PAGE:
Hail Guns?

Several of my friends are orchardists, and two of them lost their crop last year due to a hailstorm.

The hot topic at present is “hail guns.” Do they work? How do they work?

There seems to be a dearth of real information on the topic. The manufacturers make extravagant claims but it comes to mind that not too long ago mankind was firing arrows and cannons at the clouds just as confidently.

Does anyone out there have the answers?

Phil Spencer, Westbank, Motueka

OOS and 6000

(1) It hurts me to write this, but as a sufferer from RSI (now called “Occupational Overuse Syndrome” or OOS) I was annoyed by Dr John Welch’s description of it (Skeptic 27) as “essentially a conversion disorder” and a “delusion.” I can assure him the pain is no delusion. In my case it arose after I began transcribing long interviews (fast, repetitive typing, unlike creative work), and that is precisely what you would expect from an analysis provided by the ACC in terms of the metabolism of oxygen by the muscles.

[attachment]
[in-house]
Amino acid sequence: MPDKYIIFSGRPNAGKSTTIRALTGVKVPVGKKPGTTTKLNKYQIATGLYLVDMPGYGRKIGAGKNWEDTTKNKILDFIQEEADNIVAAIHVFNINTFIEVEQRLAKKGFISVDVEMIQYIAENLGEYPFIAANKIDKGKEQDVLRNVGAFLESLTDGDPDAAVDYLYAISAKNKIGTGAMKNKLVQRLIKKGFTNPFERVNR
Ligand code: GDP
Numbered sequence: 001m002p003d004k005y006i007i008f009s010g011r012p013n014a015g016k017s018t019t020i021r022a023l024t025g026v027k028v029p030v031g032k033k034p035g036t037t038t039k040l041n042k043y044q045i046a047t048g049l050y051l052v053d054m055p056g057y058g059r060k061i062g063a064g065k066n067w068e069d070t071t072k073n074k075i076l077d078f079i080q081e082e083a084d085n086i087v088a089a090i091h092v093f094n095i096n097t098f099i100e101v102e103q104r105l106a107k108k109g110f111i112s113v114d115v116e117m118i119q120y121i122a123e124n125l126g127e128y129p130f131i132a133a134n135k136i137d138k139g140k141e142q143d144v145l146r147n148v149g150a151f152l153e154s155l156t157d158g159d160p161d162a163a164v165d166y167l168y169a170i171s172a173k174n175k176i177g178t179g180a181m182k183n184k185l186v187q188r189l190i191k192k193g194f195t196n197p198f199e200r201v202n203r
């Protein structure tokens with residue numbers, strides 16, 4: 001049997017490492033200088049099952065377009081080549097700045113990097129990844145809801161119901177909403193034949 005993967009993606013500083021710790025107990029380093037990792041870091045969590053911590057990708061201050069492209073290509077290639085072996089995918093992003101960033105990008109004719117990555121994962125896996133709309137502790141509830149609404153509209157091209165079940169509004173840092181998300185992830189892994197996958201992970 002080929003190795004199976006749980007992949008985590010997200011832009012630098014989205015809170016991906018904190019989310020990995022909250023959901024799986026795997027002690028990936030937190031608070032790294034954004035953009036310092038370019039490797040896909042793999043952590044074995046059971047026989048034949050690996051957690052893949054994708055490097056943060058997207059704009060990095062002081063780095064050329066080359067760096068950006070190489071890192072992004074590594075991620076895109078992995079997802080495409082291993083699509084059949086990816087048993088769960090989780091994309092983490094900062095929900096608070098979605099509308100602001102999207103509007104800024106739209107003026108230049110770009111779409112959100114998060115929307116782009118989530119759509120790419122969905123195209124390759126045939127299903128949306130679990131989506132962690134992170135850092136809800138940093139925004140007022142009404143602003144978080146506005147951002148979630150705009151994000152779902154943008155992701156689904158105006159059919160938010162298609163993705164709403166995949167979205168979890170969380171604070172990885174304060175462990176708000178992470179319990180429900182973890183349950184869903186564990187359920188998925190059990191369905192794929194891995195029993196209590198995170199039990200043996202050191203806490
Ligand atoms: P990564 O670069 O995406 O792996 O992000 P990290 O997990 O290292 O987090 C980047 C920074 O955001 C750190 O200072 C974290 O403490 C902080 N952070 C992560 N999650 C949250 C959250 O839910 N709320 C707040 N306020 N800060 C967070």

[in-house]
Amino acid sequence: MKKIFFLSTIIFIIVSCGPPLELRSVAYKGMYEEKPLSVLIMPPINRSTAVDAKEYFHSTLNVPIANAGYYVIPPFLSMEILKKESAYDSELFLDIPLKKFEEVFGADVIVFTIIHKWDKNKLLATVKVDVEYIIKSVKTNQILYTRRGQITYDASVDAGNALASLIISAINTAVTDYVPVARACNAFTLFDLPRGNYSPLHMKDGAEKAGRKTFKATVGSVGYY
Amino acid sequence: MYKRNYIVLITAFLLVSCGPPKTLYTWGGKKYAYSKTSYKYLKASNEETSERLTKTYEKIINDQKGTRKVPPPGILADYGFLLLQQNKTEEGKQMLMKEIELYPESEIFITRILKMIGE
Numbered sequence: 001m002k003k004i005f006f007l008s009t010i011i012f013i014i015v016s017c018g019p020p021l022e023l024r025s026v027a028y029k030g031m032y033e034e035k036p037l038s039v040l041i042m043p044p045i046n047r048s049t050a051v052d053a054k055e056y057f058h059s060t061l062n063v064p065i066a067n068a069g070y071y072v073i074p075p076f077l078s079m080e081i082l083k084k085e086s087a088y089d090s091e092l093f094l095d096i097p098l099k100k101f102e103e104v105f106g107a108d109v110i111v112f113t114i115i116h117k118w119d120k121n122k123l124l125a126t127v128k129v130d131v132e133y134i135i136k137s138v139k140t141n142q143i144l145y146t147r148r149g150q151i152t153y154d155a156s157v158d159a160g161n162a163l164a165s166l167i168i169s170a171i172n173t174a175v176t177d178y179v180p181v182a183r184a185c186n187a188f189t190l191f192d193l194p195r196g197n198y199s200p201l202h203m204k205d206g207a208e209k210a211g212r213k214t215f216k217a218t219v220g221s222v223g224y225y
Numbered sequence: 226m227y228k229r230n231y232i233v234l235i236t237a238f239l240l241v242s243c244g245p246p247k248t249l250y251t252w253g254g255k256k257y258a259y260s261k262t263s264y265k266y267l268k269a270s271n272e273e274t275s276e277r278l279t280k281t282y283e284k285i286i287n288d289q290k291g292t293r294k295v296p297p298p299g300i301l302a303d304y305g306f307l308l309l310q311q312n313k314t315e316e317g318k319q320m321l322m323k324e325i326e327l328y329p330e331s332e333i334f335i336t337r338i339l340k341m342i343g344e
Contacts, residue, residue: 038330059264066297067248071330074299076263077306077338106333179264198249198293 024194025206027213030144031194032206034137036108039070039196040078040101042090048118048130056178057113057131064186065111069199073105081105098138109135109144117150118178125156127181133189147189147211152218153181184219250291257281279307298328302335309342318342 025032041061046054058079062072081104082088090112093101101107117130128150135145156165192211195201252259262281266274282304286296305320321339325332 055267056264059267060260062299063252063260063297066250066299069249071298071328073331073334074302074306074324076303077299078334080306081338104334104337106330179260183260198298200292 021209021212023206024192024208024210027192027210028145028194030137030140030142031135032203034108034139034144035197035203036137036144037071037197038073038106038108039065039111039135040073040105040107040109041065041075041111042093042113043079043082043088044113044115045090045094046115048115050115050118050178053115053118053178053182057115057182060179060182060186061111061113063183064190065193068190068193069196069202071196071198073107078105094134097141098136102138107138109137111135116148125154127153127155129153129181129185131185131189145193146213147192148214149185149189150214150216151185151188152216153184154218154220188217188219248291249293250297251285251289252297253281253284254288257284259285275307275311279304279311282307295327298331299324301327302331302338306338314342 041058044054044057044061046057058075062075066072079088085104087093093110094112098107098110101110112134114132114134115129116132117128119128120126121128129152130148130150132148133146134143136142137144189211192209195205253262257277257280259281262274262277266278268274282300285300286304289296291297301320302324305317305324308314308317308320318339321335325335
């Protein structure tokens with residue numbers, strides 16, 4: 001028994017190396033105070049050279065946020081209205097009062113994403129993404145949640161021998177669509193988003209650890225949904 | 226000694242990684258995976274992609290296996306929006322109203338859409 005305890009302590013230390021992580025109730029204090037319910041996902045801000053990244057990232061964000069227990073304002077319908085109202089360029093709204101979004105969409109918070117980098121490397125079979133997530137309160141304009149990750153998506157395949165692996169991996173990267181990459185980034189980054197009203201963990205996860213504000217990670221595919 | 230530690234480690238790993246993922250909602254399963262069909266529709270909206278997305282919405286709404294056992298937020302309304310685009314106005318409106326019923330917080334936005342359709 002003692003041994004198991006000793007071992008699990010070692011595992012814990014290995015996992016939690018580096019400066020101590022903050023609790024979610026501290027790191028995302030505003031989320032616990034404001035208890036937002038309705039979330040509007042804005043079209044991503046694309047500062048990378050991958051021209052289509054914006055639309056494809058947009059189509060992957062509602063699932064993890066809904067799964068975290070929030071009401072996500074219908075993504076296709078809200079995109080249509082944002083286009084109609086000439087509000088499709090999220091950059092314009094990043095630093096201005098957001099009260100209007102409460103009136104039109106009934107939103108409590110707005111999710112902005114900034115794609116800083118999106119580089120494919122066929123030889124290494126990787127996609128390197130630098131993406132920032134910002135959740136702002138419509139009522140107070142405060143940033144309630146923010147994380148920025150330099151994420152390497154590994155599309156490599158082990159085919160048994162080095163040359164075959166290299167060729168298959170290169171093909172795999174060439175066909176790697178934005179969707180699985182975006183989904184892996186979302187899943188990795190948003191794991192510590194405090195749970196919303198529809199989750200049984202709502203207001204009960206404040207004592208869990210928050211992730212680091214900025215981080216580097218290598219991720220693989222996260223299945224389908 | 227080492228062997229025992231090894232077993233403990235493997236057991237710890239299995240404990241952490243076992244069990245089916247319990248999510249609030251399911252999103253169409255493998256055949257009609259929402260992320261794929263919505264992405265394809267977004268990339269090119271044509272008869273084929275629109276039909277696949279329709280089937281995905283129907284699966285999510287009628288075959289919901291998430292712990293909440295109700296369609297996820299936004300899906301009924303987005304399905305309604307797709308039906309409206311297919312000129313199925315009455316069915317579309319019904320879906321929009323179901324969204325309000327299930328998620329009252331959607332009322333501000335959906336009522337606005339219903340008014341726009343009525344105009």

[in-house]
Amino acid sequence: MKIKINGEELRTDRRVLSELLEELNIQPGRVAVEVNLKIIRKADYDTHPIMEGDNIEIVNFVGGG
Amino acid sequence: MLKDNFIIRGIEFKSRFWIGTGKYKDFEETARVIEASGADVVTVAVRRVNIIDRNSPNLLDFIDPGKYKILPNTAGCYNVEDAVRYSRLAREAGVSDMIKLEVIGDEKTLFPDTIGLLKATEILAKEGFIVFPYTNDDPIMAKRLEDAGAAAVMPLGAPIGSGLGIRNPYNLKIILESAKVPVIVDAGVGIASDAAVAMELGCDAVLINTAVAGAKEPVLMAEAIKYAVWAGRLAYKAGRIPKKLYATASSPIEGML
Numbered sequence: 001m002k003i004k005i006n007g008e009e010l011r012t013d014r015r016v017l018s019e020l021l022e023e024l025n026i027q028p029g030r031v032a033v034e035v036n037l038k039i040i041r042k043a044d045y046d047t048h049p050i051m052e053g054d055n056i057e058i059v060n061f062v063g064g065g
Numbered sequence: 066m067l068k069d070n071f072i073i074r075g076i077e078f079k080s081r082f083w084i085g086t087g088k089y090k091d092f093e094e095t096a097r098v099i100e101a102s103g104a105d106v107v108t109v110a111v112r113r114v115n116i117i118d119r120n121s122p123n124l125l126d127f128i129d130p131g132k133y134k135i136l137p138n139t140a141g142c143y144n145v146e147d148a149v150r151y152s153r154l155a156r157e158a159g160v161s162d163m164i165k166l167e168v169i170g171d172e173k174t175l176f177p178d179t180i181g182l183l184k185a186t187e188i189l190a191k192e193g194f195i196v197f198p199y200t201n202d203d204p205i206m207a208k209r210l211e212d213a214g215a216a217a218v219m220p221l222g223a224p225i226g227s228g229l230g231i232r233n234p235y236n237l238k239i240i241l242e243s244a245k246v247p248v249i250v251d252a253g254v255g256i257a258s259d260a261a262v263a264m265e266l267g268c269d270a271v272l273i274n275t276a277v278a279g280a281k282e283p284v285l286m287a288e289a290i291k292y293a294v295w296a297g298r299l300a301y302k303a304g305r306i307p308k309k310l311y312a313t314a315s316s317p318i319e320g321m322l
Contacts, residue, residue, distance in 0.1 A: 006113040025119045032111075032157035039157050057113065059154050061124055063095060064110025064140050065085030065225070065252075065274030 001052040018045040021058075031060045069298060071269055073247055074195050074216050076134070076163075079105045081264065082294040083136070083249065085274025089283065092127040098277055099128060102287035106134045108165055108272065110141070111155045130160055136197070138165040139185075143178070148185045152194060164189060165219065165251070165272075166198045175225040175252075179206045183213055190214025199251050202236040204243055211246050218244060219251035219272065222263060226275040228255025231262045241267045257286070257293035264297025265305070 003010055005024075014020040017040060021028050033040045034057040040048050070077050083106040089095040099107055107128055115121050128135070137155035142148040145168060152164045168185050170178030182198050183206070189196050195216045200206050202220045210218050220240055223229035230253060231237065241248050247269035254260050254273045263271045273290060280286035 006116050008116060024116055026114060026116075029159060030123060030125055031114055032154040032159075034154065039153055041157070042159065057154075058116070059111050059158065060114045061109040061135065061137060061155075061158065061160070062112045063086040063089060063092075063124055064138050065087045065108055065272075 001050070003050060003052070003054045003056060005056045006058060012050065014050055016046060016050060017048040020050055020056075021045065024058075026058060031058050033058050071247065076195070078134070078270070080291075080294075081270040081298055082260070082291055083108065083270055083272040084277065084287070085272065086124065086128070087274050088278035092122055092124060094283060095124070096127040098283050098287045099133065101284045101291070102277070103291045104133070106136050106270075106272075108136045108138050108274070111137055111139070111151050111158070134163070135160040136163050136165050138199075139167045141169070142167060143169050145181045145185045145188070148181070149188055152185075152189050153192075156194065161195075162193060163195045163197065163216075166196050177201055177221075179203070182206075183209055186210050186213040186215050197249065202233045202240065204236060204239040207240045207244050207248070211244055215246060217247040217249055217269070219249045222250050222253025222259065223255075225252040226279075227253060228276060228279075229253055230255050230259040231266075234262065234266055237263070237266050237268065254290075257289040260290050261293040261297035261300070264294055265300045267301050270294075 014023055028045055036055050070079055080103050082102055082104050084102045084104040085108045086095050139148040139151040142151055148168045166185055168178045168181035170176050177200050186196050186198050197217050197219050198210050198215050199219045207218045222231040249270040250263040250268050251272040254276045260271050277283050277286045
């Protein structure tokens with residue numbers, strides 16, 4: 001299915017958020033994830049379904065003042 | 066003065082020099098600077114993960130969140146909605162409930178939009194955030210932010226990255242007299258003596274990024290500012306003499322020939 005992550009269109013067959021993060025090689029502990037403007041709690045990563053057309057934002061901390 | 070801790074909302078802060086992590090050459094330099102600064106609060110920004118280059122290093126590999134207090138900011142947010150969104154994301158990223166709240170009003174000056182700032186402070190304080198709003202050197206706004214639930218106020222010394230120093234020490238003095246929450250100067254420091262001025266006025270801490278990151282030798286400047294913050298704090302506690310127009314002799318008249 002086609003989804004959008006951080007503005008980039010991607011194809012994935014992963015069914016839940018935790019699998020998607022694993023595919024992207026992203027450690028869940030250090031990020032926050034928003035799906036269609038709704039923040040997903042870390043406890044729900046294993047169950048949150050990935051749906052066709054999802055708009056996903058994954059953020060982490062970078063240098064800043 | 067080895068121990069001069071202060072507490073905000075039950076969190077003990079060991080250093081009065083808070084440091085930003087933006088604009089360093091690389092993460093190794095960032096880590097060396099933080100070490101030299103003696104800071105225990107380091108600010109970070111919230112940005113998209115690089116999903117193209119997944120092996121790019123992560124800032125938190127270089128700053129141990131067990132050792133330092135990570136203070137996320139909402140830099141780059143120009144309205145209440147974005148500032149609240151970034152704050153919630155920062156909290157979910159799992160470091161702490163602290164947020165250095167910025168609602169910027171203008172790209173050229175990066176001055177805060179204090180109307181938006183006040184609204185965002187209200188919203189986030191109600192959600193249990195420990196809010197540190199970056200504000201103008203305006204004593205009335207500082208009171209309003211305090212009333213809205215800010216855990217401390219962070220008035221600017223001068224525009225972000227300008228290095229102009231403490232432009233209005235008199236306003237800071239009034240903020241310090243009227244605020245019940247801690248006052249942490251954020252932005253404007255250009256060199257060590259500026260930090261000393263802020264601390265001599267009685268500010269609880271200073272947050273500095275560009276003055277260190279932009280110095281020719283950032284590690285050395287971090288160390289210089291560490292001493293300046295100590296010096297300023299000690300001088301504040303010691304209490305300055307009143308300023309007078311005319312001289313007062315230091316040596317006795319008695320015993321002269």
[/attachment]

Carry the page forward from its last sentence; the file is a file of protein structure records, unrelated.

I am grateful for the publications on ergonomics, which have helped me; pity about the forests, but there are plenty of worse ways they are used (such as those that clog my letterbox every day).

Stress and boredom may well be factors, but in my case, disabling pain is likely to have an effect exactly the reverse of “helping [me] sort out [my] … financial problems.”

(2) All power to Phil Spencer and the celebration of the Hexamillennium, but has he taken into account the lack of a year zero (which is going to drive the world crazy at midnight on December 31, 1999, just one year too soon)? The change from the Julian to the Gregorian calendar? And the day that was lost when the sun stood still during the Battle of Jericho?

Congratulation to whoever typed out all those little slips saying “4004 BC”: I hope it didn’t give you RSI (OOS)

Hugh Young, Pukerua Bay

It was Bernard Howard who typed 300 little “4004 BC” slips and pasted them in every issue. We wish him well with the ACC. — Editor

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